With my reality thus expanded, Easter could never be the same. Today we celebrated the great atonement of the Son of God on our behalf. Many times I have experienced the unspeakable joy of receiving forgiveness of my sins through His vicarious sacrifice. His suffering and death have long been part of my life. But now, with added experience, those joyful words spoken by the angels to His disciples burn radiant in my mind:

Why seek ye the living among the dead? He is not here, but is risen. (Luke 24:5-6)

Just as He rose from the dead on the third day, so will each of us in His own time. The greatest miracle ever to occur on this earth was not a one-time event that took place two thousand years ago, but is a living miracle today. It occurs anew every time, at the loss of a loved one, that the heart of a believer is touched with this Great Truth: the sting of death, no matter how bitter and exquisite it may be now, will eventually be swallowed up in the victory of Christ over it.

And so I know, that come what may in this life, any separation from my wife, my children, my parents, or my grandparents, is only temporary. How grateful I am that my own little family has been redeemed from both death and sin and can exist eternally! The stars may someday burn out; whole universes may come and go like the seasons; but families were designed to last forever! The path is prepared, and all we have to do is proceed down it in faith.

This sure knowledge adds beauty, and luster, and light, and eternal weight to relationships I treasure so deeply with my wife and other family members. She was not meant to flutter into my life for a brief moment only, like a butterfly on a flower, but is meant to become an eternal anchor to my immortal soul. It is not life, but death, that is a temporary flash in the grand history of creation.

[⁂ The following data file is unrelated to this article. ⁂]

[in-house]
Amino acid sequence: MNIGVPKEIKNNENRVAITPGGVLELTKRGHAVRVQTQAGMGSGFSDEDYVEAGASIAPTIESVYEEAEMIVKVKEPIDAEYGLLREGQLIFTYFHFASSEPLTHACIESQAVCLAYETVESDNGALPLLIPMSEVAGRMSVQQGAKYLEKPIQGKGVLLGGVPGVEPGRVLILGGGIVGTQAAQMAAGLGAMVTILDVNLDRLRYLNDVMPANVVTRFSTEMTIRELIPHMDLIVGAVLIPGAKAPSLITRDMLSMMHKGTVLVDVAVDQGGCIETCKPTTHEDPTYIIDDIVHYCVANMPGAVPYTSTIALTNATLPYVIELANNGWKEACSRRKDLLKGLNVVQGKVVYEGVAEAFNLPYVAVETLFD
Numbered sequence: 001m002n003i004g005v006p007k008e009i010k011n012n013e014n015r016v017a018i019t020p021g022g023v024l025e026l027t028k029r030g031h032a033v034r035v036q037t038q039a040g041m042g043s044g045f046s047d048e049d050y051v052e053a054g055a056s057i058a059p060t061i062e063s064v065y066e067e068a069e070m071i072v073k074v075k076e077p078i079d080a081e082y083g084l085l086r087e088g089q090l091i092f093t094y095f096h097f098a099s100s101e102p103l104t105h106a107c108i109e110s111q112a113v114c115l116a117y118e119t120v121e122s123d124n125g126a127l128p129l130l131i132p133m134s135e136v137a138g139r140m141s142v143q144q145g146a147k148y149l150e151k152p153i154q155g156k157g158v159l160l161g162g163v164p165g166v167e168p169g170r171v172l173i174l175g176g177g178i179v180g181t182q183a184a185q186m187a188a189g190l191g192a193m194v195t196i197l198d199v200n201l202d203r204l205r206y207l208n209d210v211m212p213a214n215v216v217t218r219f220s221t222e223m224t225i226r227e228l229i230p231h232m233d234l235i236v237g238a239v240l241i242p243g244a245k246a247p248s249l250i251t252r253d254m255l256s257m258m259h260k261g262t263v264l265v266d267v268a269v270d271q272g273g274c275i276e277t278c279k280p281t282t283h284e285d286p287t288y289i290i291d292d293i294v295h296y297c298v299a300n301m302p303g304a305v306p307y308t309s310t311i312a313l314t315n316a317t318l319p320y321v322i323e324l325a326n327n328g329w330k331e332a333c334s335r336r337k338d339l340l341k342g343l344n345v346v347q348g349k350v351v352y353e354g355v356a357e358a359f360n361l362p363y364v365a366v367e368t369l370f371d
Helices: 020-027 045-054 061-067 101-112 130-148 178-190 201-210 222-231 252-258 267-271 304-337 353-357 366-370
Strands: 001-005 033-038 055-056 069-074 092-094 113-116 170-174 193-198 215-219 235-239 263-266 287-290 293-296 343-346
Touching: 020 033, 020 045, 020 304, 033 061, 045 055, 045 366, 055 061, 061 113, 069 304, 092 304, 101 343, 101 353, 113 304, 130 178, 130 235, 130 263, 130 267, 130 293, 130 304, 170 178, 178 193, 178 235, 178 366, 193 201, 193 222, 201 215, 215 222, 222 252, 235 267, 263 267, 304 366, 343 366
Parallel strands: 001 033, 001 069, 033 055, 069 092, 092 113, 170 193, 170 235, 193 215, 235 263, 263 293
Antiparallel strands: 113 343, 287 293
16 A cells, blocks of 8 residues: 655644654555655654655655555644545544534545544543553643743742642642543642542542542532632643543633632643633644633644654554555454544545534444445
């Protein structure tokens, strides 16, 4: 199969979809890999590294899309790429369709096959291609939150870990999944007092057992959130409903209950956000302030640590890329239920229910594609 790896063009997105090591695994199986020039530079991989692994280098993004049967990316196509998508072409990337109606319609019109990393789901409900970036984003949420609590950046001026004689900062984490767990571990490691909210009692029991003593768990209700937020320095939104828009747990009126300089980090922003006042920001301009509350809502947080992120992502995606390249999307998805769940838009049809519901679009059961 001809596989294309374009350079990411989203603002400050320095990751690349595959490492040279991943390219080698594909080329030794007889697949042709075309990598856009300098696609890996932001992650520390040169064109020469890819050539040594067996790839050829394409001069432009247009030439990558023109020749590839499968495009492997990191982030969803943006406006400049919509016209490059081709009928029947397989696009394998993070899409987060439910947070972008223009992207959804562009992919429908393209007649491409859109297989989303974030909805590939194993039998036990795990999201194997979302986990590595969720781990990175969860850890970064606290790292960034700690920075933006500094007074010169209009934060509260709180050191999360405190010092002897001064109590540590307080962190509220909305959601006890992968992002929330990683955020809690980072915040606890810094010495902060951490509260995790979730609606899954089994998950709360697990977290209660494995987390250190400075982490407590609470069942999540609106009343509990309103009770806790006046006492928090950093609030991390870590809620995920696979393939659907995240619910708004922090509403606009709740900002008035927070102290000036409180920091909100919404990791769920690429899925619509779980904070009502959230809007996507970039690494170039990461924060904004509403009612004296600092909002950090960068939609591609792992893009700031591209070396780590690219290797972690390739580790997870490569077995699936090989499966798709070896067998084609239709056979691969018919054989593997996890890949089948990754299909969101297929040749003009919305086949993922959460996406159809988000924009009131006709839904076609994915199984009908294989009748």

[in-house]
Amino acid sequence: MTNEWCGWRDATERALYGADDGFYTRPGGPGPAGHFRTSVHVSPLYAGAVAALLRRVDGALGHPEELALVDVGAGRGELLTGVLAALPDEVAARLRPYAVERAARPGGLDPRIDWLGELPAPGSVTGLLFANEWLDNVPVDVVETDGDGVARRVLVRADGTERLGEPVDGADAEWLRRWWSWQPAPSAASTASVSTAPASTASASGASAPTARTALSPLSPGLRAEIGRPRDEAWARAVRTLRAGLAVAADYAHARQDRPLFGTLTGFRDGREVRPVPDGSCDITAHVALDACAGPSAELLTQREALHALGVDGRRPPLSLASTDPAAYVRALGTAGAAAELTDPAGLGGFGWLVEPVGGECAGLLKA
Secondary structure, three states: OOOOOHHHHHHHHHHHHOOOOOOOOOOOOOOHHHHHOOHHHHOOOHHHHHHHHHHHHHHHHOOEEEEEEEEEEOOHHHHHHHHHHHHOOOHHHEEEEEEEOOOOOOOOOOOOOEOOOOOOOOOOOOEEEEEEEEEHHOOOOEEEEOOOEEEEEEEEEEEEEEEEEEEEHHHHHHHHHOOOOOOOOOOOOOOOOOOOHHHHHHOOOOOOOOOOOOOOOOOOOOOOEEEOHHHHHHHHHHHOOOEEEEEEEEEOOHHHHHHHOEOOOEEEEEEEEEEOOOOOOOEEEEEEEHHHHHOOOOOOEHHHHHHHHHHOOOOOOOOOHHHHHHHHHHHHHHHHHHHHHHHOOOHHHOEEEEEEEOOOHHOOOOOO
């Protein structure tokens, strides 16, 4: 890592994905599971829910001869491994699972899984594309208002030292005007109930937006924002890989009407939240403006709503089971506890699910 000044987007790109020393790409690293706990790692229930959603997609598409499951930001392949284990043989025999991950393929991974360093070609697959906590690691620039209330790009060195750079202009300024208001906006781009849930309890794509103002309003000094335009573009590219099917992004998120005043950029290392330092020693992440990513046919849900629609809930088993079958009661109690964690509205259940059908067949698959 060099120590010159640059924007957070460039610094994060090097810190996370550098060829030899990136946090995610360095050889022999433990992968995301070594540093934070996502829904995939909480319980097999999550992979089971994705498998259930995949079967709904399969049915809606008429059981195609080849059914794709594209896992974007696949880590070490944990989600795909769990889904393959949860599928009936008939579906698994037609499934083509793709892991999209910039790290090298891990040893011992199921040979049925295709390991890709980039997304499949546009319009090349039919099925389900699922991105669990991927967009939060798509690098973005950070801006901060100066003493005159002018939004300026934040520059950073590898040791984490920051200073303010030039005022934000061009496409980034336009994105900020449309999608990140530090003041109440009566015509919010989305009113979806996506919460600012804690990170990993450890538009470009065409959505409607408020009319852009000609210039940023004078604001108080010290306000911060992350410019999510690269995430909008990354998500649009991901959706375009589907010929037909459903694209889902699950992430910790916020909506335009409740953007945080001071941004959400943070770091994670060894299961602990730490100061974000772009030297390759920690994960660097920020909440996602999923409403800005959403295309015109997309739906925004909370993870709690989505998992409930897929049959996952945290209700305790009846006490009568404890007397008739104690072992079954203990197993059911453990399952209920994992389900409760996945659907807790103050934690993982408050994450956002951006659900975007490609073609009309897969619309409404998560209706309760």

Easter is truly a celebration of life. We celebrate our Savior's mortal ministry and the resplendant resurrection that followed his agony. We celebrate our own eventual resurrection, as enabled by Him. And we even celebrate our mortal lives, difficult as they sometimes are, because we know that every experience we have, every sacrifice we make, and every person we love while on this globe are important--each made significant through the knowledge that this mortal life is but a small moment in a grander plan, a shadow of a much, much better life to come.

But thanks be to God, which giveth us the victory through our Lord Jesus Christ. (1 Corinthians 15:57)


Brooke said...

Amen. Thank you for the beautiful words that perfectly describe the beautiful feelings of my heart, too.

Alisa said...

Great to hear your experience with Grandpa. I always remember his birthday this time of year. You were lucky and had a few extra years to know him!

Mom said...

Thank you, Matt. Again, so beautifully written and expressed!

Amy said...

I was considering writing something nice on Easter about life, death, and resurrection. I think I'm just going to make a link to this blog instead. Do you mind?

Beautifully put.

LuckyMatt said...

Alisa, I feel like I missed (or squandered) my chance to know Grandpa when he was still in good enough health to talk and be very personable. I suppose that's why I felt like his short autobiography was such a treasure. It finally helped me get to know him, even if after he died.

Amy, feel free to link here! I'd be honored.

chelse said...

you're amazing matt! thanks for making life at work more enjoyable!